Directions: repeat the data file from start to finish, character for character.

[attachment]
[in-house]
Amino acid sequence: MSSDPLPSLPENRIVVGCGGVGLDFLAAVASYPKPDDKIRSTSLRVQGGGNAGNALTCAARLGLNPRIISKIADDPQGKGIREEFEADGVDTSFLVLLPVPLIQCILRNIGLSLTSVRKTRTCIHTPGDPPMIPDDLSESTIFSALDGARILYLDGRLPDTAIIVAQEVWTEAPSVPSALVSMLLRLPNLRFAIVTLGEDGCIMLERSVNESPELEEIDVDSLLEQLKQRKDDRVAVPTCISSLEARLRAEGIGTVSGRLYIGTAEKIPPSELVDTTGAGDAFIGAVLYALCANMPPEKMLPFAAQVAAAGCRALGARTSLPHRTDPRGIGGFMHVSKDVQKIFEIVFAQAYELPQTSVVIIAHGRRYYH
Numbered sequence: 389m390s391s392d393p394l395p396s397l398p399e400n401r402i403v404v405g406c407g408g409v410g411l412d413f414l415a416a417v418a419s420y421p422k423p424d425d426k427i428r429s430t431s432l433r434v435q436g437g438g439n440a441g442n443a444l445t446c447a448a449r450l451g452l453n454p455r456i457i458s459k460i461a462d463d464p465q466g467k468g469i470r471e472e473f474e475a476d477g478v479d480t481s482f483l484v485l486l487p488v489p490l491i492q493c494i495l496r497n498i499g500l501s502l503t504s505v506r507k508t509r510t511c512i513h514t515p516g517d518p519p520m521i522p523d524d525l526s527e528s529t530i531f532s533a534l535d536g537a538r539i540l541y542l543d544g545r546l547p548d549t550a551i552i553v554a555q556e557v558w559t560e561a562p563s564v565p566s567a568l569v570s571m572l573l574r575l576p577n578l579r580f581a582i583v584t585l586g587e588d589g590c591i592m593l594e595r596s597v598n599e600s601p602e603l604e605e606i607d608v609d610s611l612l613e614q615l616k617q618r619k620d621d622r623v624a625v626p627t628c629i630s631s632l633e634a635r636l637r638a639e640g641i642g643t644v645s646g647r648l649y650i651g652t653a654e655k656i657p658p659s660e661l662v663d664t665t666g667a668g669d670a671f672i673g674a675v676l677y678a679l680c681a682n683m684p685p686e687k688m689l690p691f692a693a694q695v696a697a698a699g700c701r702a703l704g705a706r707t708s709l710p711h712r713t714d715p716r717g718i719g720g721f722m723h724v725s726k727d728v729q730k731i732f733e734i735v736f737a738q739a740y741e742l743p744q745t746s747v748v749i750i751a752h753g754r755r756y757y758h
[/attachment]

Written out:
[in-house]
Amino acid sequence: MSSDPLPSLPENRIVVGCGGVGLDFLAAVASYPKPDDKIRSTSLRVQGGGNAGNALTCAARLGLNPRIISKIADDPQGKGIREEFEADGVDTSFLVLLPVPLIQCILRNIGLSLTSVRKTRTCIHTPGDPPMIPDDLSESTIFSALDGARILYLDGRLPDTAIIVAQEVWTEAPSVPSALVSMLLRLPNLRFAIVTLGEDGCIMLERSVNESPELEEIDVDSLLEQLKQRKDDRVAVPTCISSLEARLRAEGIGTVSGRLYIGTAEKIPPSELVDTTGAGDAFIGAVLYALCANMPPEKMLPFAAQVAAAGCRALGARTSLPHRTDPRGIGGFMHVSKDVQKIFEIVFAQAYELPQTSVVIIAHGRRYYH
Numbered sequence: 389m390s391s392d393p394l395p396s397l398p399e400n401r402i403v404v405g406c407g408g409v410g411l412d413f414l415a416a417v418a419s420y421p422k423p424d425d426k427i428r429s430t431s432l433r434v435q436g437g438g439n440a441g442n443a444l445t446c447a448a449r450l451g452l453n454p455r456i457i458s459k460i461a462d463d464p465q466g467k468g469i470r471e472e473f474e475a476d477g478v479d480t481s482f483l484v485l486l487p488v489p490l491i492q493c494i495l496r497n498i499g500l501s502l503t504s505v506r507k508t509r510t511c512i513h514t515p516g517d518p519p520m521i522p523d524d525l526s527e528s529t530i531f532s533a534l535d536g537a538r539i540l541y542l543d544g545r546l547p548d549t550a551i552i553v554a555q556e557v558w559t560e561a562p563s564v565p566s567a568l569v570s571m572l573l574r575l576p577n578l579r580f581a582i583v584t585l586g587e588d589g590c591i592m593l594e595r596s597v598n599e600s601p602e603l604e605e606i607d608v609d610s611l612l613e614q615l616k617q618r619k620d621d622r623v624a625v626p627t628c629i630s631s632l633e634a635r636l637r638a639e640g641i642g643t644v645s646g647r648l649y650i651g652t653a654e655k656i657p658p659s660e661l662v663d664t665t666g667a668g669d670a671f672i673g674a675v676l677y678a679l680c681a682n683m684p685p686e687k688m689l690p691f692a693a694q695v696a697a698a699g700c701r702a703l704g705a706r707t708s709l710p711h712r713t714d715p716r717g718i719g720g721f722m723h724v725s726k727d728v729q730k731i732f733e734i735v736f737a738q739a740y741e742l743p744q745t746s747v748v749i750i751a752h753g754r755r756y757y758h